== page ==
Anyway, I really thought that the “challenge” part of this challenge was going to be physical.  I have never run every day, mostly because I’m generally pretty ouchy, and my tendons hate me.  I was in a freaking hard splint for 6 months and considered tendon release surgery after an injury from crocheting too hard. That is not a lie, and I don’t know how you crochet too hard, but I have done it.  I’ve had enough cortisone in my body to fully understand ‘roid rage. So, running every day had the potential for peril.  But I live dangerously.  And anyway, that wasn’t the challenge at all.

The real challenge from all of this was mental.  Finding the time to run.  Getting my ass into my running clothes. Figuring out how far at what pace I was going to run. Figuring out how I was going to entertain myself. Getting out of my running clothes.  Taking a shower.  Getting redressed and put back together.  And knowing that it was all going to happen again the next day.  And there was also the challenge of the outdoors.  I managed all but three runs outdoors, and had to account for rain, wind, snowfog (a real thing!), heat, cold, sunshine, darkness, and cars that always want to hit me.  And finding the right damn socks.  Always the socks.  Also, no one in this world loves a routine quite like I do, but I had to shoehorn runs in early in the morning, late in the evening, at lunch, after work, and once, after a glass of wine. And by glass, I mean “glass.”  You know what I mean.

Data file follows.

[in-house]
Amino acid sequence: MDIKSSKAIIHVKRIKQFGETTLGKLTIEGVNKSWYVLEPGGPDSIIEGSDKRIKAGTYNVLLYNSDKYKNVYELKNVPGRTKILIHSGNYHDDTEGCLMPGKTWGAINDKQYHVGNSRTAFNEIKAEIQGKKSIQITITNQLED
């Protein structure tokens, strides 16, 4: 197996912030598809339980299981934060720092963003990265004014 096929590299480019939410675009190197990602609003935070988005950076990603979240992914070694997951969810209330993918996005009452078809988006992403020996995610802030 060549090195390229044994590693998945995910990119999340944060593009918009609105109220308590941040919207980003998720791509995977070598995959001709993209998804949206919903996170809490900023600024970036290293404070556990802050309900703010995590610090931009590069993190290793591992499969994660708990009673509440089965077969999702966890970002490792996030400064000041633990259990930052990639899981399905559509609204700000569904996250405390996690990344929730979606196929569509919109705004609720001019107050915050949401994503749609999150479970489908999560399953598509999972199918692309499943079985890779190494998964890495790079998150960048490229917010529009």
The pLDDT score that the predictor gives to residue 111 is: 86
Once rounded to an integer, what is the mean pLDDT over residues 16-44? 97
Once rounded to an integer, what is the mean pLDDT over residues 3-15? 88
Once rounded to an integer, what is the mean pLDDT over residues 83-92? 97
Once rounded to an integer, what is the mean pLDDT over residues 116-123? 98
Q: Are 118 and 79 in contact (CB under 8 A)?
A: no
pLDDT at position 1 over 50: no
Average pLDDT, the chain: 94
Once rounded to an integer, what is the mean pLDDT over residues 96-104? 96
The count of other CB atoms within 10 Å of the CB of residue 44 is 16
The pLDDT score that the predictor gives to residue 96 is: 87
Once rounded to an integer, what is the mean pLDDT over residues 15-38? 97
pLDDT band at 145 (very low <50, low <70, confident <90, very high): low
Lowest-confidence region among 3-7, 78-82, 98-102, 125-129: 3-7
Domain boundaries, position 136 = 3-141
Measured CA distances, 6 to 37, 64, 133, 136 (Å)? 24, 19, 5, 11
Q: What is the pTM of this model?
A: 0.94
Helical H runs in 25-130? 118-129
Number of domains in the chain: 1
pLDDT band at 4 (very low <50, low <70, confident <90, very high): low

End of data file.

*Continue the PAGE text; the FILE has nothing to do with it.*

But in the end, what I loved about the challenge actually was the unpredictability, and the sense that today was going to be different than yesterday. The mental challenge.  Was I going to run alone or with a friend? With the dog? In the sunshine?  In a deluge? In my nemesis, the wind? Where was I going to run? How could I run in Manhattan with only shorts and a tee shirt, 30 degree temps outside, and a barely functioning treadmill in a hot, creepy basement? (Answer: learn to love the hot, creepy basement.) What should I do when the sidewalks were flooded and the rain nonstop? (Answer: forego any electronics and run up and down the street four times like I was being chased.) How was today’s run going to feel?  What could I do to make it interesting?  Did it even need to be interesting?  Because really, did I really find it that difficult to spend the twenty minutes it took for me to run a couple of miles alone with myself, with my thoughts, with my breathing, and with the ground passing underneath my feet?